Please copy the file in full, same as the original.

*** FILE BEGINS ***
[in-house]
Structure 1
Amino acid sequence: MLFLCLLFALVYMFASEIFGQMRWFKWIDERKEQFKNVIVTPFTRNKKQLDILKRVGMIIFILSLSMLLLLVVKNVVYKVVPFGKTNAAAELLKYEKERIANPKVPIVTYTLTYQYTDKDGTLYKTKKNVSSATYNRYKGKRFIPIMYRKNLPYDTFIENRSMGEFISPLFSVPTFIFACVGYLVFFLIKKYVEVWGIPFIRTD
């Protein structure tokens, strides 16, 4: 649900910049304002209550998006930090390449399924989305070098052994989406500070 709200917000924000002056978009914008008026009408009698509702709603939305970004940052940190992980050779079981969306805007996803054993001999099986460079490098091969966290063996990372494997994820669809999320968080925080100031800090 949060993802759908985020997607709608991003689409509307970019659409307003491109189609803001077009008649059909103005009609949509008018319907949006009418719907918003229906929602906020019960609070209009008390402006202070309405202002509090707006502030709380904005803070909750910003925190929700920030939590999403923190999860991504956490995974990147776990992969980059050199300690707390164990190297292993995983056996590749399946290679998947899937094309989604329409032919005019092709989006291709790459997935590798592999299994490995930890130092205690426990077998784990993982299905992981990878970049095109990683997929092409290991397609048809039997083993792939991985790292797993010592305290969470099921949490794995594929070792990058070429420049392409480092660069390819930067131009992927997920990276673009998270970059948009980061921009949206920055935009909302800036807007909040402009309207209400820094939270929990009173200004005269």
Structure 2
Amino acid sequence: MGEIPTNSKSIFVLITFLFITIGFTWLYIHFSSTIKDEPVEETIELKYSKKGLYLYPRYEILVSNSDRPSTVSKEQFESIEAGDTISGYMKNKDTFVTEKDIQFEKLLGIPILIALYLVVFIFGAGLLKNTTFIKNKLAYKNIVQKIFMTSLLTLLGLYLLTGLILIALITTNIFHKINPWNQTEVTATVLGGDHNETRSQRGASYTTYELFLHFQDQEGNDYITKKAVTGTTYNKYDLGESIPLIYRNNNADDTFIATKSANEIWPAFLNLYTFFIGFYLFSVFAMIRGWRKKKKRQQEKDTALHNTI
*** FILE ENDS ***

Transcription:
[in-house]
Structure 1
Amino acid sequence: MLFLCLLFALVYMFASEIFGQMRWFKWIDERKEQFKNVIVTPFTRNKKQLDILKRVGMIIFILSLSMLLLLVVKNVVYKVVPFGKTNAAAELLKYEKERIANPKVPIVTYTLTYQYTDKDGTLYKTKKNVSSATYNRYKGKRFIPIMYRKNLPYDTFIENRSMGEFISPLFSVPTFIFACVGYLVFFLIKKYVEVWGIPFIRTD
């Protein structure tokens, strides 16, 4: 649900910049304002209550998006930090390449399924989305070098052994989406500070 709200917000924000002056978009914008008026009408009698509702709603939305970004940052940190992980050779079981969306805007996803054993001999099986460079490098091969966290063996990372494997994820669809999320968080925080100031800090 949060993802759908985020997607709608991003689409509307970019659409307003491109189609803001077009008649059909103005009609949509008018319907949006009418719907918003229906929602906020019960609070209009008390402006202070309405202002509090707006502030709380904005803070909750910003925190929700920030939590999403923190999860991504956490995974990147776990992969980059050199300690707390164990190297292993995983056996590749399946290679998947899937094309989604329409032919005019092709989006291709790459997935590798592999299994490995930890130092205690426990077998784990993982299905992981990878970049095109990683997929092409290991397609048809039997083993792939991985790292797993010592305290969470099921949490794995594929070792990058070429420049392409480092660069390819930067131009992927997920990276673009998270970059948009980061921009949206920055935009909302800036807007909040402009309207209400820094939270929990009173200004005269």
Structure 2
Amino acid sequence: MGEIPTNSKSIFVLITFLFITIGFTWLYIHFSSTIKDEPVEETIELKYSKKGLYLYPRYEILVSNSDRPSTVSKEQFESIEAGDTISGYMKNKDTFVTEKDIQFEKLLGIPILIALYLVVFIFGAGLLKNTTFIKNKLAYKNIVQKIFMTSLLTLLGLYLLTGLILIALITTNIFHKINPWNQTEVTATVLGGDHNETRSQRGASYTTYELFLHFQDQEGNDYITKKAVTGTTYNKYDLGESIPLIYRNNNADDTFIATKSANEIWPAFLNLYTFFIGFYLFSVFAMIRGWRKKKKRQQEKDTALHNTI